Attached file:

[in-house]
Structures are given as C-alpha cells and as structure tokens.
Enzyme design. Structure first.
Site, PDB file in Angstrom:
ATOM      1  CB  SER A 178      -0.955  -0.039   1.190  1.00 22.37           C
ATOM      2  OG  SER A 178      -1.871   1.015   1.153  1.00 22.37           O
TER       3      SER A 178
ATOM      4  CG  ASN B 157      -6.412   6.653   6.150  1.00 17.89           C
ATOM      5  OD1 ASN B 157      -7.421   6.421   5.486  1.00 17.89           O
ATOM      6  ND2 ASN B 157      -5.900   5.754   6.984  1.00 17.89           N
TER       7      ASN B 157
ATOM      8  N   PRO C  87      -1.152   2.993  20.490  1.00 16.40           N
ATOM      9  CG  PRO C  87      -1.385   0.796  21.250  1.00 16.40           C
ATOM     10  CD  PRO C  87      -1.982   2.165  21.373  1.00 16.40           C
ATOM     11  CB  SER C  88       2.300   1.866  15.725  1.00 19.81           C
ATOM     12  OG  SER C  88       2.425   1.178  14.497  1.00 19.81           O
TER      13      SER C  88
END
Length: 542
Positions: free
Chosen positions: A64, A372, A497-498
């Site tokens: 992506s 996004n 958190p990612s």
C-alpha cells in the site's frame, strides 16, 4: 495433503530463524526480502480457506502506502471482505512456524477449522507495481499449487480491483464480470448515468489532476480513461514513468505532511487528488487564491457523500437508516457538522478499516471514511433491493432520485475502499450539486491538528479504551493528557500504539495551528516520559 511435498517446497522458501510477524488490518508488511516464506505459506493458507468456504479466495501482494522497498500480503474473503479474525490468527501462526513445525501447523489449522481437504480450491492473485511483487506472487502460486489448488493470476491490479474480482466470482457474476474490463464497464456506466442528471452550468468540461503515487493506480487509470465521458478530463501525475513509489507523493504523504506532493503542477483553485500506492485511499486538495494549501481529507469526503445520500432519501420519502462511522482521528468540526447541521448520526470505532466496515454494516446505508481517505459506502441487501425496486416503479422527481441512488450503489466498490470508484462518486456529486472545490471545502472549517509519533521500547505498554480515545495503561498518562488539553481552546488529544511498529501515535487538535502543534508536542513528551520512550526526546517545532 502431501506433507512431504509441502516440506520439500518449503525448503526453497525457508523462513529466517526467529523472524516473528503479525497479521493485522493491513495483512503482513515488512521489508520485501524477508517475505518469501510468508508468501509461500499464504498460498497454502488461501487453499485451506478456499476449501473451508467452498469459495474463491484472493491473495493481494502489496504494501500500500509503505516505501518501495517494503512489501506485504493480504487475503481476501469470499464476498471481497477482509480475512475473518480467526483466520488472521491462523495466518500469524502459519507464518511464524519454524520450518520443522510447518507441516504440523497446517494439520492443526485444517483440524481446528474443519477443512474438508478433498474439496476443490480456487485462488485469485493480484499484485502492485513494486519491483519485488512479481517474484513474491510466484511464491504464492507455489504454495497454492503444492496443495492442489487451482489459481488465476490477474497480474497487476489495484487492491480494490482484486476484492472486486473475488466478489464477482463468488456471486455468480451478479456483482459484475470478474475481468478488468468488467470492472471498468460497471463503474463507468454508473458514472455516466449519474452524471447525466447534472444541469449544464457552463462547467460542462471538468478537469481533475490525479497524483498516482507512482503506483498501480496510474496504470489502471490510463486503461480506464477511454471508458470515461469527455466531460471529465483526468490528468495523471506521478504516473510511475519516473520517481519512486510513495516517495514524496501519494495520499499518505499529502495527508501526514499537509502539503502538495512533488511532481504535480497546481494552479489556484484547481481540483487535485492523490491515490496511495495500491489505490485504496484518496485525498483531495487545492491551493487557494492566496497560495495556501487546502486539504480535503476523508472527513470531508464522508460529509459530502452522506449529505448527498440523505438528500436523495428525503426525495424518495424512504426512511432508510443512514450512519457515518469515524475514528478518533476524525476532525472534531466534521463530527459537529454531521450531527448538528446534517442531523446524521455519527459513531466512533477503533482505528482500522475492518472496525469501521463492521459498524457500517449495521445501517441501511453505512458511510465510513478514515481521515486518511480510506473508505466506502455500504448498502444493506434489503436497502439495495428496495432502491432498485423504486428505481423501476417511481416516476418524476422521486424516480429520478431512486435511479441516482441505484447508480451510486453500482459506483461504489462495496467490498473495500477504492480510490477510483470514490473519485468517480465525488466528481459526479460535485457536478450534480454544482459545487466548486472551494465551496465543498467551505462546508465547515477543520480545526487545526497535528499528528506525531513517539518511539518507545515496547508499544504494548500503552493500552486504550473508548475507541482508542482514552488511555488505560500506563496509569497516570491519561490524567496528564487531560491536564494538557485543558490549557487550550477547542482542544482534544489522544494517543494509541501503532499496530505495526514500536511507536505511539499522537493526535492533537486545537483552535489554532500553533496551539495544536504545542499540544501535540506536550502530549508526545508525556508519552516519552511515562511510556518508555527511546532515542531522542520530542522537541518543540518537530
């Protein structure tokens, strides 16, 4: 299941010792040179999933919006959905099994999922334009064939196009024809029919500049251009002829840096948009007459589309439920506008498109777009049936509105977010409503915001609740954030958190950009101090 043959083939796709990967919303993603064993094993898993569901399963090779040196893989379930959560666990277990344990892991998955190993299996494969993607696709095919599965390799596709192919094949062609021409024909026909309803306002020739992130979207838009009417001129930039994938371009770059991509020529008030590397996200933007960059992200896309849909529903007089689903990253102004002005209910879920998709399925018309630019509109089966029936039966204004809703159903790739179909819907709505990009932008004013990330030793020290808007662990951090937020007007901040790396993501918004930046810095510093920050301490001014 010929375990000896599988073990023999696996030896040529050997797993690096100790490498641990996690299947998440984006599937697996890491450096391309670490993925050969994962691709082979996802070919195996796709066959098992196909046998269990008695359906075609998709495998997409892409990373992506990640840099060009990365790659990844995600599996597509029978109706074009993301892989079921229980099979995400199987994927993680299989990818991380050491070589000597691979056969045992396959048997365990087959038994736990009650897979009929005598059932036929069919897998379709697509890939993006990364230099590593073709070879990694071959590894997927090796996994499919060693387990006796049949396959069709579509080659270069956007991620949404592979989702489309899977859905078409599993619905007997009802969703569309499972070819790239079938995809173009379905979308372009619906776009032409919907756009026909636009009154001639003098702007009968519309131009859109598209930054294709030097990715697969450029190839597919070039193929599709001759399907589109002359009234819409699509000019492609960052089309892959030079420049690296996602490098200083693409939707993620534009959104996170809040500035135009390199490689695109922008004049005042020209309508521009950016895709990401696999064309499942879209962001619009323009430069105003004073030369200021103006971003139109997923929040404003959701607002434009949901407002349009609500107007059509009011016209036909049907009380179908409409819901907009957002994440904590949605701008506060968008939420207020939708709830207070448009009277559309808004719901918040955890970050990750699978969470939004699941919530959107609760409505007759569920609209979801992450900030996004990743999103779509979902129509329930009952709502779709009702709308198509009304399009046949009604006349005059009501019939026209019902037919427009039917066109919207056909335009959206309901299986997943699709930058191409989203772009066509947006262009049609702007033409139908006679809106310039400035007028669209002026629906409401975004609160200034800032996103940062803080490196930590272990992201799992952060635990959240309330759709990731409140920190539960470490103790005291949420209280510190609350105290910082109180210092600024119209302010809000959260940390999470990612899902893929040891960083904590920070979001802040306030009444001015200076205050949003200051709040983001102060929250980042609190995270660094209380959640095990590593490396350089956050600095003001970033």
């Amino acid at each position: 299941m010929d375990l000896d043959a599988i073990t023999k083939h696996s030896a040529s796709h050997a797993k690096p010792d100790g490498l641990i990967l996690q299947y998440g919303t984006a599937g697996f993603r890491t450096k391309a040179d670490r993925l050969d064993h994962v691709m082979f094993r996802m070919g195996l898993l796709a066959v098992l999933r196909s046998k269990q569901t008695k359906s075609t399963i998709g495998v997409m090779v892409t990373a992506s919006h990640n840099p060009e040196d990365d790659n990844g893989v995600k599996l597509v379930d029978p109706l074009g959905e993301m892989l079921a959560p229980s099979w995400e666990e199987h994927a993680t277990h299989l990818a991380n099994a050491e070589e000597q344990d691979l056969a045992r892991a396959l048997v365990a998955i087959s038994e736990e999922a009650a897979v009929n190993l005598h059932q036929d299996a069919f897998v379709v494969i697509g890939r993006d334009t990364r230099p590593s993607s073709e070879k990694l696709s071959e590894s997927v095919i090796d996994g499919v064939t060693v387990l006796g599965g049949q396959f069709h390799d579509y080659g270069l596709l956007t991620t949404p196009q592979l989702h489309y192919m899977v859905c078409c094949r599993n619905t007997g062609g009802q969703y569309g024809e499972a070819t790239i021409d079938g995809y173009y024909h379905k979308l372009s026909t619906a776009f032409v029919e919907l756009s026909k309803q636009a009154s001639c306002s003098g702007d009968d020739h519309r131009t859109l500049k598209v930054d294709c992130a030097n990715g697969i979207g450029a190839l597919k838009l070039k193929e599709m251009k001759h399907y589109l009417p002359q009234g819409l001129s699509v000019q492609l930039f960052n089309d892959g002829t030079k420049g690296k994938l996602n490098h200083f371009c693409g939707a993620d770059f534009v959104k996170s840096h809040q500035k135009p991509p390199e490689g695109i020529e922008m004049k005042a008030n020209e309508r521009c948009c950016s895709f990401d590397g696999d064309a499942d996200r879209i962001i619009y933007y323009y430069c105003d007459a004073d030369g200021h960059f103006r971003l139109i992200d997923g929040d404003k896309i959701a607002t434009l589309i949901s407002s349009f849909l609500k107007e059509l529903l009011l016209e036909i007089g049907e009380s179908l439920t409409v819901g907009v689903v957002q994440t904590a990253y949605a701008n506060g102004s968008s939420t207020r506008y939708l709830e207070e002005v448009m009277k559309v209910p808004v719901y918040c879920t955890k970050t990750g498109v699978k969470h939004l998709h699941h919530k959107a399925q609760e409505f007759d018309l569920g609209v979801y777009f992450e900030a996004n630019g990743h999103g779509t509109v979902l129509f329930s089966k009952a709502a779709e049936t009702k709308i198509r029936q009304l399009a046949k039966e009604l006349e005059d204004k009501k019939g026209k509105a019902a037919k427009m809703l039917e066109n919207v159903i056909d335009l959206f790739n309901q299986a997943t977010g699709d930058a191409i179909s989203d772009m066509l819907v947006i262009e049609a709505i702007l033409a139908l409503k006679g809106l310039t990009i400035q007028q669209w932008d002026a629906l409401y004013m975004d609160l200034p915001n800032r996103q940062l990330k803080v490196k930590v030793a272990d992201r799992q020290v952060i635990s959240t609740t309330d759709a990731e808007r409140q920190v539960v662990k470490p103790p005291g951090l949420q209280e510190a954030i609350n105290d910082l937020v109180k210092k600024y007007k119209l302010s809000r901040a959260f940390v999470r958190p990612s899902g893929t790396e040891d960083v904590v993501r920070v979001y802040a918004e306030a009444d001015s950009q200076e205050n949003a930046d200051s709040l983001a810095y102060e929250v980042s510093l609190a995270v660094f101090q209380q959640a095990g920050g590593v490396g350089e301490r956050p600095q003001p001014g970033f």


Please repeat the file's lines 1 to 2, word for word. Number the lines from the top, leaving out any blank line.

[in-house]
Structures are given as C-alpha cells and as structure tokens.